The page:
Why can’t we? This is a natural first question along the path of becoming a curious company. Once we start asking, we inevitably start answering.

When those efforts are positively reinforced by beneficial results, we start incorporating inquiry into our approach. Then, when we get comfortable enough asking questions as part of the routine, we begin to realize we can ask better questions in a better way.

This improvement may lead to even better results which continue to reinforce the organization’s inquiry, operationalizing curiosity and creating a positive spiral of impact. Here are a few ways to incorporate curiosity into our approach and the potential impact it can create.


Even the best teams get occasionally stuck in their boxes. However, when leaders take advantage of even small opportunities to encourage a basic change in thinking, it can have a ripple effect.

A great first step to operationalizing curiosity is to encourage cross department teamwork. If that seems too big, start small.

The next time a team member asks for advice or guidance, direct the question back at them and encourage them to seek the answer in a different place.

Most of us think we must take the latest buzzword and apply it to our biggest problem. Why? Start small.

Pick a less glamorous, less challenging item and encourage the team to look at it another way. Allow a little extra time and space for the team or team member to work through it and take a minute to follow up.

By encouraging a little outside-the-box thinking and providing the opportunity to do it, leaders positively reinforce inquiry and plant the seeds of curiosity among the team.


Once those seeds of explorative thinking are planted, leaders should support their growth by providing balanced guidance and continued reinforcement. Even simple actions like acknowledging an improvement was the result of a new partnership; or crediting a success to a different way of thinking can serve to positively reinforce the act of exploring new, different or reimagined paths.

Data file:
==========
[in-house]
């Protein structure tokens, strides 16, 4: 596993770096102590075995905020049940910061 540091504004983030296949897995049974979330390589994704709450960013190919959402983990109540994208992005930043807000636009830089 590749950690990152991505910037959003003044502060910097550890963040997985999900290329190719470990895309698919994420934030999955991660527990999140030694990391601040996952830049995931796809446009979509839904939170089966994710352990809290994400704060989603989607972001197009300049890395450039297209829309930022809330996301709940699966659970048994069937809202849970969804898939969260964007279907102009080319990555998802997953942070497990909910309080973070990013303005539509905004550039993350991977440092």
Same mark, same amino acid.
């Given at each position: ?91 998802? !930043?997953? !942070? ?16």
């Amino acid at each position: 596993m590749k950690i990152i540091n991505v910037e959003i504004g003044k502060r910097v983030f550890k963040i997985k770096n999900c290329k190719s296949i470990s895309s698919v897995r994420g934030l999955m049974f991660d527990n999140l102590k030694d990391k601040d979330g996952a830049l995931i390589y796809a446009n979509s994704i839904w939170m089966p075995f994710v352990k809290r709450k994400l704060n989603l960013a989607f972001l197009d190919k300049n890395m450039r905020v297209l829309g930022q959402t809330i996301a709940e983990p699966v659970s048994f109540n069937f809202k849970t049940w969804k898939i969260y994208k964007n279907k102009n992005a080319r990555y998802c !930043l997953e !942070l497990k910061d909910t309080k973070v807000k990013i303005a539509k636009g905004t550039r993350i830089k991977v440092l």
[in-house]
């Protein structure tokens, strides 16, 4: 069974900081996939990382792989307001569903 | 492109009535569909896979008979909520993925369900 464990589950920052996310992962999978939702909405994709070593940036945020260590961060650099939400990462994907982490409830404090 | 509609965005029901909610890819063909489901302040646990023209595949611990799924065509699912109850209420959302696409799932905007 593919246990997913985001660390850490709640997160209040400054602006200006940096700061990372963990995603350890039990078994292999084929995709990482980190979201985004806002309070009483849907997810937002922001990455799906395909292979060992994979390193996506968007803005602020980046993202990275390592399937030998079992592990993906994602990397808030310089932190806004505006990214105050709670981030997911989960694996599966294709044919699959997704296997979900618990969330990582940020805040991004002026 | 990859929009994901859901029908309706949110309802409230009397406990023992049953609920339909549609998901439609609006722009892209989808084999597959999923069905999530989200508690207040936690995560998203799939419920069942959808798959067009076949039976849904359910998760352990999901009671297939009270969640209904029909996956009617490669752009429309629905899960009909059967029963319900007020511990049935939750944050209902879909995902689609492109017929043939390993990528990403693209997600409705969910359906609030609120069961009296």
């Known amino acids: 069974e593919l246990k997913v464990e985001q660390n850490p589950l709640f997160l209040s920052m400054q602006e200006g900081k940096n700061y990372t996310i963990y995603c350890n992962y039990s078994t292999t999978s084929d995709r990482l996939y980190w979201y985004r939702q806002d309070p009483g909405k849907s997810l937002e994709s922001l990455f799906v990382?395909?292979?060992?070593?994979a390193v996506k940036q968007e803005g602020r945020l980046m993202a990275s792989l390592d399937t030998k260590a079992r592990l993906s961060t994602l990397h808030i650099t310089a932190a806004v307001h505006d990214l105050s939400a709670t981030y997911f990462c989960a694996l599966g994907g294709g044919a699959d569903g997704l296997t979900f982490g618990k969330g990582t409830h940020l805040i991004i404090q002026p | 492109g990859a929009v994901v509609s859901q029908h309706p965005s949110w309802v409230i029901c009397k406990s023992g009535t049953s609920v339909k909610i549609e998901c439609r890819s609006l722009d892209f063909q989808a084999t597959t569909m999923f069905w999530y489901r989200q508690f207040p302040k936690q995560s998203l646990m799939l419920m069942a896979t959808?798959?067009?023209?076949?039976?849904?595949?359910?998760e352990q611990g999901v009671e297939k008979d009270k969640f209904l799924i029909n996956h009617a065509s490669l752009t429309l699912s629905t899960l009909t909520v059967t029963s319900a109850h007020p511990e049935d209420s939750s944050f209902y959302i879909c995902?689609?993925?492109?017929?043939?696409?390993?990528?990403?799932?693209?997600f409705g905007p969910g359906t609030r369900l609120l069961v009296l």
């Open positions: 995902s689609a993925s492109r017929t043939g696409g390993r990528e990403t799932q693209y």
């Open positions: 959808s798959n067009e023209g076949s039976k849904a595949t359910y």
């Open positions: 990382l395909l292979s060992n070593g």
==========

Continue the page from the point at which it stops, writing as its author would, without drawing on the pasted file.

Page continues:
Employees will notice leaders creating opportunities for inquiry to blossom then highlighting the results. Those with a naturally curious approach will step up and should be encouraged.

Simultaneously, though, leaders should take time to seek out input from those who do not instinctively start asking questions to ensure diverse voices are heard.

Further, creating a culture of curiosity leads to asking not just more and better questions, but questions in new places. We no longer direct our rigorous inquiry only to problem solving, we start applying this inquisitive nature to our routines.

In cultures that are open, nothing is free from consideration; everything can be improved or reimagined. Teams become open to change and feel free to inquire, making new connections and exploring other possibilities.

The bottom line is, whether we work in an innovative tech startup or a small manufacturing plant, all levels of the organization can benefit from a bit of curiosity. Try creating a little space for safe inquiry, and then encourage the positive results that follow.